“For new runners who are trying to spend an entire year training, and a high percentage sometimes of their paid time off and recreational income in order to plan for this event, it's real discouraging to be trying to find out where aid stations are and have other people involved in the race say, ‘Oh, they'll be about every 8 miles, don't worry about it,’ or ‘We'll post it close to the race.’ If women pay $350 dollars and filed for PTO, and try to arrange child care with people three months ahead, and then you are telling me that something isn't even going to be feasible for me, I don't feel welcomed. Races that make that information available sooner in an organized fashion are going to be races that are easier on new runners, and therefore, going to attract more new women runners.”
Question: What are some races you would recommend for a first 100-miler for females who don’t have resources for a crew?
Answer: “There's a list of them. Hallucination 100, which is in Michigan, runs a 20-mile loop, or 16-something, and it's got drop bags by the end of the loop. So you've got so many drop bags and it's well-marked, so it's easy to put extra stuff in your drop bag. It's an insane amount of drop bag availability.
“The Wild Goose 100, which is part of Squatchayanda Trail Fest in New Jersey. There are loops, you got a central area, so you get frequent drop bag access, well-marked trails, and very good support. They've got a very involved race director, Kim Levinsky. It has generous cutoffs, they're definitely trying intentionally to be a first-time 100-miler for a lot of people.”
Question: I interviewed Kim earlier this year. She's awesome.
Answer: “She's very awesome. Hurt 100 would be if it weren't for the cutoffs. You definitely don't need crew. They've got drop bags everywhere but I don't think it's very beginner-friendly given the amount of gain and the course difficulty and the tight cutoff. Unless you're a very fast runner, there's too much else that could go sideways.
“No Business is a pretty good race. It's on the Kentucky-Tennessee border. It also has very frequent drop bags, very good course marking. There's a little bit of chaos at one of their aid stations sometimes, but they've got very experienced aid station people, frequent drop bags, and their aid stations are ready to help out. They've also got at least a handful of people at each aid station who have run 100s or at least have run 50-milers or have crewed for other people running 100s.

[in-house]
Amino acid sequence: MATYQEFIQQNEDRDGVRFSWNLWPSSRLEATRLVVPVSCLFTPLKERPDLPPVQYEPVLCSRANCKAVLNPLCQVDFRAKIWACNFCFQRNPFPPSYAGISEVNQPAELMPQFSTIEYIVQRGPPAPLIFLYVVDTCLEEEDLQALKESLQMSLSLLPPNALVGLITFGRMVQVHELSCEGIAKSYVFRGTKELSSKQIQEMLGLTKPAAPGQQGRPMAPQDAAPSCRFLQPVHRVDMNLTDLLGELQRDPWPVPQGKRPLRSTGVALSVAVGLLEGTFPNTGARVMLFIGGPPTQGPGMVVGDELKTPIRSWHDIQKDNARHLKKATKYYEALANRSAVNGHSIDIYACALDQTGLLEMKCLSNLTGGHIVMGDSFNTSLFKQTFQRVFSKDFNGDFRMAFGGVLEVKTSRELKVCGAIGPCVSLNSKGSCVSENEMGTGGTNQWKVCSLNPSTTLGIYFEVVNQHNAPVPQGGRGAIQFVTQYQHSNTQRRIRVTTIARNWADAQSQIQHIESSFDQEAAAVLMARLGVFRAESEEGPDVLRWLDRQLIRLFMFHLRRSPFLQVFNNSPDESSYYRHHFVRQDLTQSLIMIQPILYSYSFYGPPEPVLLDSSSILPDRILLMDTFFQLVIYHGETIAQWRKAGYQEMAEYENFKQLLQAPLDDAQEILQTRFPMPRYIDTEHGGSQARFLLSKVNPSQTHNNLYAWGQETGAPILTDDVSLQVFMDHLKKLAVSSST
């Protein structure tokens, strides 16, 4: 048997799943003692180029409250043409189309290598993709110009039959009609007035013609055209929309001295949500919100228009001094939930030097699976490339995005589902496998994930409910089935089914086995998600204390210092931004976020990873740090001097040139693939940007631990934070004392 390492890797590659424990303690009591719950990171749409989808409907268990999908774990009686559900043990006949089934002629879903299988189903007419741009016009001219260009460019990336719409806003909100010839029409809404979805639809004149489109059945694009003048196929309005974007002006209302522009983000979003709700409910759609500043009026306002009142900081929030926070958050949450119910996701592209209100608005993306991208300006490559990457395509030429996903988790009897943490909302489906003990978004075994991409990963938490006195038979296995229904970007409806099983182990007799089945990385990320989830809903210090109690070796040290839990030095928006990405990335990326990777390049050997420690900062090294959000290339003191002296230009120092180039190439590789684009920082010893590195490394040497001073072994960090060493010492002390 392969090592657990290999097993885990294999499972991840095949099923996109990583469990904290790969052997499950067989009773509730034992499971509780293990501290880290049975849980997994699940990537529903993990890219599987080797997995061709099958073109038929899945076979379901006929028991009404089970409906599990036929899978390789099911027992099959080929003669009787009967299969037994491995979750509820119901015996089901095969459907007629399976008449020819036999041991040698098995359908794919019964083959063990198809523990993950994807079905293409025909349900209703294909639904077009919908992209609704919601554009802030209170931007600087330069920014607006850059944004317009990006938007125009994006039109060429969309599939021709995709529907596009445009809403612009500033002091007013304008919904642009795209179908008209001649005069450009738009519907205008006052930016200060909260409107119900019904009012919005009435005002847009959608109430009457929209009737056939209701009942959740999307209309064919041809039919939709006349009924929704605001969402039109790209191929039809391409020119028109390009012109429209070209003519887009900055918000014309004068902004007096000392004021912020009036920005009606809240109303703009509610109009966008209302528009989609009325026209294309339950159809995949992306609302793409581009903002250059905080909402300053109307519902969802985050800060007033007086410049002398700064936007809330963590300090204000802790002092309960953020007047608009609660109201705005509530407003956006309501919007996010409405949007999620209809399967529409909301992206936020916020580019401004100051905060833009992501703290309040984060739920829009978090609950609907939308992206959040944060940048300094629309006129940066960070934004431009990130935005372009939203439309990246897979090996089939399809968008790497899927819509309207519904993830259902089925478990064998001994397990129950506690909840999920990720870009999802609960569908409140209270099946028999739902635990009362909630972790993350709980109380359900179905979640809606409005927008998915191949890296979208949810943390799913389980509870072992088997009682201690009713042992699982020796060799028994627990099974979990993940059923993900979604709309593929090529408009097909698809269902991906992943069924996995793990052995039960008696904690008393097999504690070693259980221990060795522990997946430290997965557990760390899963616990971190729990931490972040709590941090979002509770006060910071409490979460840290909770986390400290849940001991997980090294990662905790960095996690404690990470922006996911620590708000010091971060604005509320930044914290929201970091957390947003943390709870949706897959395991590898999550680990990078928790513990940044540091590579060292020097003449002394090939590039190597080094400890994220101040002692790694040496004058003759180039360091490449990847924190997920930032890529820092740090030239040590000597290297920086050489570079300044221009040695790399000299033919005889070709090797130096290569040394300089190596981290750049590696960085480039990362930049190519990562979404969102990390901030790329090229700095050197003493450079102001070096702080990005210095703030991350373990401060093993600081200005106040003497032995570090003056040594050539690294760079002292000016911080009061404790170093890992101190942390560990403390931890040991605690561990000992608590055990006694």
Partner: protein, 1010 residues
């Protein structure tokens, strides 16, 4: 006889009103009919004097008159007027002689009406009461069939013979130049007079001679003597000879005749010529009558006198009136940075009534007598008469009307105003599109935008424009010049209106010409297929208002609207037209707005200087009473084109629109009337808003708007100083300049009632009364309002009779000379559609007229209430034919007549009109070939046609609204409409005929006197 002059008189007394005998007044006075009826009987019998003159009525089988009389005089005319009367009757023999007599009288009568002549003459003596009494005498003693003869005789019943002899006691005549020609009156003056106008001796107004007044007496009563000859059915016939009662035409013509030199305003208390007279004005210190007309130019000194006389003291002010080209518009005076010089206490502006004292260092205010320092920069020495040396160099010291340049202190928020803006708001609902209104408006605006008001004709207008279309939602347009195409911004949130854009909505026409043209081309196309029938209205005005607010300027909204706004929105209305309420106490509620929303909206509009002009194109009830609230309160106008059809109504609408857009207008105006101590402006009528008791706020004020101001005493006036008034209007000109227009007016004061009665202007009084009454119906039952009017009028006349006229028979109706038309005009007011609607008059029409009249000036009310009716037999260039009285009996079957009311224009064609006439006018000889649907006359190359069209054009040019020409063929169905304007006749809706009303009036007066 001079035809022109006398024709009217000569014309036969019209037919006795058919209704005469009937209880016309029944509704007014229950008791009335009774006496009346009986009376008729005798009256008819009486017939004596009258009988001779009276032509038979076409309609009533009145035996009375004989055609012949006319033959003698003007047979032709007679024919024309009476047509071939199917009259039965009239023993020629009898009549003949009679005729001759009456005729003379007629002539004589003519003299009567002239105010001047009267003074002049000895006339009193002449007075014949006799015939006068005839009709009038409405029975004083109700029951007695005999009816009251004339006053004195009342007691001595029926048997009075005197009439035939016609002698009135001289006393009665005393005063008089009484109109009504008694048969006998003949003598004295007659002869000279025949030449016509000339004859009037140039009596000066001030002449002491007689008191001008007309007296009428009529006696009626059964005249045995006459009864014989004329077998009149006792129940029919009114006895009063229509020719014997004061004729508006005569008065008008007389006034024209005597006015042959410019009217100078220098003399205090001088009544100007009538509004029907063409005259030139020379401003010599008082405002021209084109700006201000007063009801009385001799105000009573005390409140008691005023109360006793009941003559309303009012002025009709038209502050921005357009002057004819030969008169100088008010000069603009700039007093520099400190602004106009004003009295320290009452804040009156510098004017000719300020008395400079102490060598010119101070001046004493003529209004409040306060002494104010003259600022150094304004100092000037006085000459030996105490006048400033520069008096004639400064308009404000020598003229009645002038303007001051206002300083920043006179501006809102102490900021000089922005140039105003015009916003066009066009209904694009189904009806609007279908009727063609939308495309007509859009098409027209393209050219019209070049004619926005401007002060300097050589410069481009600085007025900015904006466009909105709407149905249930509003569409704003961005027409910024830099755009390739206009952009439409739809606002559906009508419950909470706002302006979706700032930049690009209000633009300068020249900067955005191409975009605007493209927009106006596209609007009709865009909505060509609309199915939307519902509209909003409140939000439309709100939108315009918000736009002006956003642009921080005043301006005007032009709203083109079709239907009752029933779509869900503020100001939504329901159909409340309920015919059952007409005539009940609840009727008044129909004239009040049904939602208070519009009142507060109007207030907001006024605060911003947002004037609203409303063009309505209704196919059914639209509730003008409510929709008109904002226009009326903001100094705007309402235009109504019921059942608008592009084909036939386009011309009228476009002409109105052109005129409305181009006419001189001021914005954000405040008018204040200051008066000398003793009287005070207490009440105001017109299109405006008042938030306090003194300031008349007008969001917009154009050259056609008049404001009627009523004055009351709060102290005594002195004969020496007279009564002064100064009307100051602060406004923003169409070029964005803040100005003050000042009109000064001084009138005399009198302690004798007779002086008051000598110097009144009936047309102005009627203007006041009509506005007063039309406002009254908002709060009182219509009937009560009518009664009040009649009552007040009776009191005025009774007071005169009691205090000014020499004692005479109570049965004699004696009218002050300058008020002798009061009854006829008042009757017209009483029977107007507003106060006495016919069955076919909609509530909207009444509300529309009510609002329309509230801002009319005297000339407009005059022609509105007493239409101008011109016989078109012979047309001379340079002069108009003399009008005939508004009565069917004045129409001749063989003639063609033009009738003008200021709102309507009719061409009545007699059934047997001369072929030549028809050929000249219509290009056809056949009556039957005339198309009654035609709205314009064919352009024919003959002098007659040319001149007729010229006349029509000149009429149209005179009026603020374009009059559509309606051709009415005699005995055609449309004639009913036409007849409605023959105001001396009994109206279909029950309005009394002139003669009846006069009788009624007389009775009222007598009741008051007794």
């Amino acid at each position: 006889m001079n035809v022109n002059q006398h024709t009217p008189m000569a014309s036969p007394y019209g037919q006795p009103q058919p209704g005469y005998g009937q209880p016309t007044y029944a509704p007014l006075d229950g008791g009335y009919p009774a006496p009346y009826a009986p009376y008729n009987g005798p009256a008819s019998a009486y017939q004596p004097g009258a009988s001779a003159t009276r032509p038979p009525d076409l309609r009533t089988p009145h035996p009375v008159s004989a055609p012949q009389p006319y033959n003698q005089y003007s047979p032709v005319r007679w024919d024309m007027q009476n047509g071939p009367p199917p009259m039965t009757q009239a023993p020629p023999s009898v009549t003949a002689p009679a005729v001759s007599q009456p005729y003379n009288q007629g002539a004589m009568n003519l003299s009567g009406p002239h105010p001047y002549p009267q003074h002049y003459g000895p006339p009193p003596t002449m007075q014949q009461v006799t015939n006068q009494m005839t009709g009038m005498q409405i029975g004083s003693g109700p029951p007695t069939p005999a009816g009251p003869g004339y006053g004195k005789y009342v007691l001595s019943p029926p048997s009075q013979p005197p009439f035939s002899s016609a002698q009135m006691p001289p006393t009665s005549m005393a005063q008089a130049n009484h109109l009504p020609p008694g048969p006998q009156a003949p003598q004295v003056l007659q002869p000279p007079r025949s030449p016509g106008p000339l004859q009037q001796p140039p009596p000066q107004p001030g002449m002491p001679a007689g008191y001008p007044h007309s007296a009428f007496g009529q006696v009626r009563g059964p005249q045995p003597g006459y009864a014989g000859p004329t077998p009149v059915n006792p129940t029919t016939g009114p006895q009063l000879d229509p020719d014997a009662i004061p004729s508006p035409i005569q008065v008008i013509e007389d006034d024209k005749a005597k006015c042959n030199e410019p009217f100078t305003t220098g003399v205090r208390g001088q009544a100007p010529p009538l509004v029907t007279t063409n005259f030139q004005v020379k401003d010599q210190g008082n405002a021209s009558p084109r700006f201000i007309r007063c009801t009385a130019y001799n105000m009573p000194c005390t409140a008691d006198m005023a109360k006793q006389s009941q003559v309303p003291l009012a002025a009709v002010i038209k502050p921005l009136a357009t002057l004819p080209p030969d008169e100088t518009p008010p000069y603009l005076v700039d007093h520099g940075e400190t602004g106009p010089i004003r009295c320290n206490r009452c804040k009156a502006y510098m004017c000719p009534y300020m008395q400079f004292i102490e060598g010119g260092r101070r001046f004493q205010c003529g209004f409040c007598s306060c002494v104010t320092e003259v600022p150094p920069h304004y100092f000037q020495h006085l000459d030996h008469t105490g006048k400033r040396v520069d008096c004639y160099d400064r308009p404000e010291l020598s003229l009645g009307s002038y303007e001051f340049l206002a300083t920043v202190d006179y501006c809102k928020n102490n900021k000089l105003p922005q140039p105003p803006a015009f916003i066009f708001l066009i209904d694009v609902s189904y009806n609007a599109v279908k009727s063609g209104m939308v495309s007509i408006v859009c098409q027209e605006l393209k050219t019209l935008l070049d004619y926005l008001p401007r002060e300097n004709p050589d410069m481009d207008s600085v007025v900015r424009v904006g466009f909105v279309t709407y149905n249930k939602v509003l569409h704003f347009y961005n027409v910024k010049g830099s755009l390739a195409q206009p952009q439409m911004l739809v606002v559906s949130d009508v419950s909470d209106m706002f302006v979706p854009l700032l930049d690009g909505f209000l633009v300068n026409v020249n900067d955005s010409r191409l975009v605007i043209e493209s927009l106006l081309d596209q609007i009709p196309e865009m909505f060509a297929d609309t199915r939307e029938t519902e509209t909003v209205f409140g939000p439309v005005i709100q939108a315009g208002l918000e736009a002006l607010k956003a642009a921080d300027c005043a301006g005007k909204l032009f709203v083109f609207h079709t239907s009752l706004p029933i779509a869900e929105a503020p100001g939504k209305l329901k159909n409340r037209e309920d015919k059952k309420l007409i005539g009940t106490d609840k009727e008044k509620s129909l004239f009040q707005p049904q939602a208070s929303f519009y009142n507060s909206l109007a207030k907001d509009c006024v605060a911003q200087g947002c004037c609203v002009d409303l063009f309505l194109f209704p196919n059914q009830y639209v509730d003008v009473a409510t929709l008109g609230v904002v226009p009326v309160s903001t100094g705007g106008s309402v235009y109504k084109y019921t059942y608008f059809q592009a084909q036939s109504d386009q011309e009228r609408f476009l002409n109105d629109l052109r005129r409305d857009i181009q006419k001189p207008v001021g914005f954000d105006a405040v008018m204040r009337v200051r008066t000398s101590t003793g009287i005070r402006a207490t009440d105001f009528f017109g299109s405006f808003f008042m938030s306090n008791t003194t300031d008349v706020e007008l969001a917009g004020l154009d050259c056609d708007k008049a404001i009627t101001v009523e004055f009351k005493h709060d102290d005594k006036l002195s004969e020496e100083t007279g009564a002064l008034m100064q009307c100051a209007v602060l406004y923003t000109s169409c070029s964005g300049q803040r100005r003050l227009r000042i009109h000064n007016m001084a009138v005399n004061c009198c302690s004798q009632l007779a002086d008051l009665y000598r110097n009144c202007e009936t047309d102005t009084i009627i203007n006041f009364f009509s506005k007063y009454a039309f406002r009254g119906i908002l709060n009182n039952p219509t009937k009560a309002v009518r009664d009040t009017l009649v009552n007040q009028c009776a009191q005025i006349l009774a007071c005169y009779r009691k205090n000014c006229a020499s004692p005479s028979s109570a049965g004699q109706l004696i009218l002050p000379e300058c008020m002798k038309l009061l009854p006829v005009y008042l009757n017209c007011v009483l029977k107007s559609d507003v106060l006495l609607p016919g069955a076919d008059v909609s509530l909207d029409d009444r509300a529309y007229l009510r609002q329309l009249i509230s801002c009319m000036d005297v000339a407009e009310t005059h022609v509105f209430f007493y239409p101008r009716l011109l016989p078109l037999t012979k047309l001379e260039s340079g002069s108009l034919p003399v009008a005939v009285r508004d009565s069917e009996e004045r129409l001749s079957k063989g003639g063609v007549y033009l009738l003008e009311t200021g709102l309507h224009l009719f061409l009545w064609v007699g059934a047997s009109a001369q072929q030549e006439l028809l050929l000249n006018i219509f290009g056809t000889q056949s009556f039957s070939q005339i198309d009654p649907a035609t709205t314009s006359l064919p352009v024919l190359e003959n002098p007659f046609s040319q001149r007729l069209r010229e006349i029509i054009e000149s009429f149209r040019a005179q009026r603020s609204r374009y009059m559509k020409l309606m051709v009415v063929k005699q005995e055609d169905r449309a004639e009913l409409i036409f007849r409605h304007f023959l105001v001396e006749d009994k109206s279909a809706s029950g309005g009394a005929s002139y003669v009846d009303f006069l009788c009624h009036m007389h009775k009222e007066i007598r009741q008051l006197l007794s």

“They're really are a lot of them out there. I think one of the best things people can do is pick a race that's been around at least two years, and then just Google it because you'll get a whole bunch of race reports to read.”
Question: For those who want to focus on environmentally friendly races, what would you recommend?
Answer: “I'm sure you've noticed the cupless phenomenon at races. More races are going cupless, meaning you carry your own cup. All of the one's I've been at recently, will give you a cup that you can clip onto your race vest or crumple into a pocket somewhere. A light, collapsible cup. And that's for environmental impact. But what about the environmental impact of all of the crew cars? If I drive a whole smacking car out of town six hours, and then that car drives all about the course looking for me, that also will be an environmental impact. Ultimately, it's kind of pro-environment to also try to reduce crew, I would say. I could be wrong, I have no way to measure that. It's not a scientific guess, but if it's worth skipping the 1,000 cups or so that a 100-miler generates, then it seems it might be worth also making it easier to really encourage runners to run without crew. Runners without crew will support each other more, will look out for each other more. I've had people who have offered to crew and I tell them to just volunteer at one of the aid stations and help everyone who comes through.”
Question: Lee, tell me about the Women's 100 Miler Project.